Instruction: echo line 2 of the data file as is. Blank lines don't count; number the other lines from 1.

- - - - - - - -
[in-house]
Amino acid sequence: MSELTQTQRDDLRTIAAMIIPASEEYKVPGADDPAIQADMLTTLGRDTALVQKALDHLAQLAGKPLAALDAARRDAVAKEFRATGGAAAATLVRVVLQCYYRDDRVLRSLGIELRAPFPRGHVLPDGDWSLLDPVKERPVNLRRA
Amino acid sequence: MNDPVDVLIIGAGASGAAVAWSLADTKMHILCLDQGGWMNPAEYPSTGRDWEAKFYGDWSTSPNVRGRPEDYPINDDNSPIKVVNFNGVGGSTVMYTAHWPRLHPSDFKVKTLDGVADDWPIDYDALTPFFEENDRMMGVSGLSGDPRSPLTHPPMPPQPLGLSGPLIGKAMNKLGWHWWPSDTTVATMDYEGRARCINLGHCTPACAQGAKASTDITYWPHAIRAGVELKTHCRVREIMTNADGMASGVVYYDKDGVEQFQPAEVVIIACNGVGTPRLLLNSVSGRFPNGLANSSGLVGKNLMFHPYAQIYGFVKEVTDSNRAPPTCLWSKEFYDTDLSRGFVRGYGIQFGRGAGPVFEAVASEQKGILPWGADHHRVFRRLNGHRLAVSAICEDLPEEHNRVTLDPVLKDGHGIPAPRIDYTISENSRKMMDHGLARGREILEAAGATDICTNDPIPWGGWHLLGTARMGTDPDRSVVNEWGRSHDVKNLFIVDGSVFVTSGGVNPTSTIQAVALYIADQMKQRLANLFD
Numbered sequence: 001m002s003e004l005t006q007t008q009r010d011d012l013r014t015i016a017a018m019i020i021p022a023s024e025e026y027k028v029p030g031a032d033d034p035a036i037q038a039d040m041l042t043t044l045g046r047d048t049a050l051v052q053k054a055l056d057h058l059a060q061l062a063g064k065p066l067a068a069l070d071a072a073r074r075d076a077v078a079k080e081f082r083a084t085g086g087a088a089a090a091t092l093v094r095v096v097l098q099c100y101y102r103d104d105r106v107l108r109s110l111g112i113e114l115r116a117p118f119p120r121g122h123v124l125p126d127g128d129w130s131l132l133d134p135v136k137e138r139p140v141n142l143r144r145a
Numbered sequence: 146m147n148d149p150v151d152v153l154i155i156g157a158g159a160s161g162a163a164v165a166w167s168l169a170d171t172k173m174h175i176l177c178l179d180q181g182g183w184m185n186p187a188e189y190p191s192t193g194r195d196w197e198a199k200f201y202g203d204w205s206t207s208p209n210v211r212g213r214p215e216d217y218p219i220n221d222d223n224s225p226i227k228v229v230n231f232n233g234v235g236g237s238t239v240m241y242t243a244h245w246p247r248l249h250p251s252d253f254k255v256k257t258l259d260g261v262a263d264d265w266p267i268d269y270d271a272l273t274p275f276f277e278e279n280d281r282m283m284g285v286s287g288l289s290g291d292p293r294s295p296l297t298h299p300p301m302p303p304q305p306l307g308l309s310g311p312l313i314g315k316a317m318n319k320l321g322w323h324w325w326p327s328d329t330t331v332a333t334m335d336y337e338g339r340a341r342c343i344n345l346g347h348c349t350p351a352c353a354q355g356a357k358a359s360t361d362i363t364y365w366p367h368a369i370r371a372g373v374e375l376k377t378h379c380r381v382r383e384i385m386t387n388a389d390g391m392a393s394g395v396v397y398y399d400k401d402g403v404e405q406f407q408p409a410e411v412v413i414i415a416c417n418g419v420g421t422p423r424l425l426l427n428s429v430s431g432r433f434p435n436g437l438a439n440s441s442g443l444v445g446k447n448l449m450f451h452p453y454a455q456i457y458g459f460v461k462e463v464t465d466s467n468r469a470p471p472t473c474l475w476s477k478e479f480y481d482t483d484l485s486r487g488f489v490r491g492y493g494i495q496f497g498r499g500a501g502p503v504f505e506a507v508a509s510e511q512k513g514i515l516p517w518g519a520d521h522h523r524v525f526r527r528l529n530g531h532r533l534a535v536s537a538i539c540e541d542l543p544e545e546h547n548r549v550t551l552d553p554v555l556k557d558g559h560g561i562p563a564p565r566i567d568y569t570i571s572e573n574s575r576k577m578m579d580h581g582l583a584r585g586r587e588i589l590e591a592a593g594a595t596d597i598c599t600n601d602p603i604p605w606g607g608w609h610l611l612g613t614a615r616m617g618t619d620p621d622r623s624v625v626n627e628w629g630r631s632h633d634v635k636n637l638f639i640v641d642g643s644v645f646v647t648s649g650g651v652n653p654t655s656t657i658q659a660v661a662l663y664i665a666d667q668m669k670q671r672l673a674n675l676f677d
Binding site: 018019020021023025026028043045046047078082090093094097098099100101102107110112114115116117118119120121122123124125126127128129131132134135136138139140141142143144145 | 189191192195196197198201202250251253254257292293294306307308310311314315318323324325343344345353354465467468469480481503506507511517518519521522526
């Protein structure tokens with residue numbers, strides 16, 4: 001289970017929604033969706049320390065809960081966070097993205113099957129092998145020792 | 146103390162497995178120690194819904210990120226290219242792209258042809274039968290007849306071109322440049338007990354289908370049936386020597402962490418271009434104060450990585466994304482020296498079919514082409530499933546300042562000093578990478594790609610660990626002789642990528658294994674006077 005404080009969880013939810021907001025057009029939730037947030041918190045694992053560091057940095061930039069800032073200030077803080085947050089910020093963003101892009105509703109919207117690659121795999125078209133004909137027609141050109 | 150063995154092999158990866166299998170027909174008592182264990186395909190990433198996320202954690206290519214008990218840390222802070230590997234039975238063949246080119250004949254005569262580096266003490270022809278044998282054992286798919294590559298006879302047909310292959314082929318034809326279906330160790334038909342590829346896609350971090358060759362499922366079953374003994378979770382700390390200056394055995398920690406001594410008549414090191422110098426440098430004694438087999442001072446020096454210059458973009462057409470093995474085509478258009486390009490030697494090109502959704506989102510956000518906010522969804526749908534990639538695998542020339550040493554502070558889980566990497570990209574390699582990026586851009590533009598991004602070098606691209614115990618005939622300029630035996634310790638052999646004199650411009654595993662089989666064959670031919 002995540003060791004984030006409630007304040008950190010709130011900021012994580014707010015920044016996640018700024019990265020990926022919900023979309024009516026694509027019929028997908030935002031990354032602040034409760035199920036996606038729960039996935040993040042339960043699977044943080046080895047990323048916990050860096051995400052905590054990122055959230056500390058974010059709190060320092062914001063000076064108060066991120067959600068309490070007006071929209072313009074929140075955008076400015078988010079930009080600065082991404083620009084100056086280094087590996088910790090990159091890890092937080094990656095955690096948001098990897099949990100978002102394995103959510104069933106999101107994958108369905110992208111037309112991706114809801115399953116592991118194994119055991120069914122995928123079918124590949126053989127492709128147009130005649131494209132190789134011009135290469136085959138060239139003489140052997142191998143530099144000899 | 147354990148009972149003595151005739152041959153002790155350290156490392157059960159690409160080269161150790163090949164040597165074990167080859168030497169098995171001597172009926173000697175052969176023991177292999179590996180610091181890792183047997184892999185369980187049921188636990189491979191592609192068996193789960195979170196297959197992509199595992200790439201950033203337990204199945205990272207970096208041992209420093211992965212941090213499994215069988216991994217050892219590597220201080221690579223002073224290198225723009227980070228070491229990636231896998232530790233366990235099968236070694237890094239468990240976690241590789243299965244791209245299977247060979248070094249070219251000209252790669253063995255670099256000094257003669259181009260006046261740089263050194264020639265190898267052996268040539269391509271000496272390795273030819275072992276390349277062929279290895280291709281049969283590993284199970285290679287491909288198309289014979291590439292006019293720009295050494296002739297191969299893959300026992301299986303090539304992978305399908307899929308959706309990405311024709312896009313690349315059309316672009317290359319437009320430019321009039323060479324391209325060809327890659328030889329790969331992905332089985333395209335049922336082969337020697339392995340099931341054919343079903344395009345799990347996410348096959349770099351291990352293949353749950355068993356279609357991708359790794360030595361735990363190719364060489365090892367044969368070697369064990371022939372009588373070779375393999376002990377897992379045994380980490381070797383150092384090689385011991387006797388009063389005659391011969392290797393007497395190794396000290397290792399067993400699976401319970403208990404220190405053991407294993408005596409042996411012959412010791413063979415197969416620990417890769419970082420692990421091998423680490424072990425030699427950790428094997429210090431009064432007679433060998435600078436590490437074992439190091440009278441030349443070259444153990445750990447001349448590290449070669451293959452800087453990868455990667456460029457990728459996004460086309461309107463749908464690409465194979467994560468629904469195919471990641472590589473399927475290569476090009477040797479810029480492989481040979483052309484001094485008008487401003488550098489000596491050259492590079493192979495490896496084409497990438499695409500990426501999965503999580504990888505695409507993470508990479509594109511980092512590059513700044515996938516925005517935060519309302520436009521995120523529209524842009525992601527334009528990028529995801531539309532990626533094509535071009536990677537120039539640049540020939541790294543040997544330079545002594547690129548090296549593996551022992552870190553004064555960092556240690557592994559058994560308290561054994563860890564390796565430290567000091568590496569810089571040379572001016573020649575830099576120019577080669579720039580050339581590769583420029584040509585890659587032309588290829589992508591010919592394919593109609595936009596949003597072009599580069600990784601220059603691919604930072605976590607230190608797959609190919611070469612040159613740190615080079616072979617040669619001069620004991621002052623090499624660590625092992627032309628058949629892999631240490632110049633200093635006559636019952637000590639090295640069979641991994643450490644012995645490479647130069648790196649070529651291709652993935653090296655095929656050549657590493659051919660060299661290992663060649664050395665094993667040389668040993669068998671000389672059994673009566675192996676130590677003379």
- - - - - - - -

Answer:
Amino acid sequence: MSELTQTQRDDLRTIAAMIIPASEEYKVPGADDPAIQADMLTTLGRDTALVQKALDHLAQLAGKPLAALDAARRDAVAKEFRATGGAAAATLVRVVLQCYYRDDRVLRSLGIELRAPFPRGHVLPDGDWSLLDPVKERPVNLRRA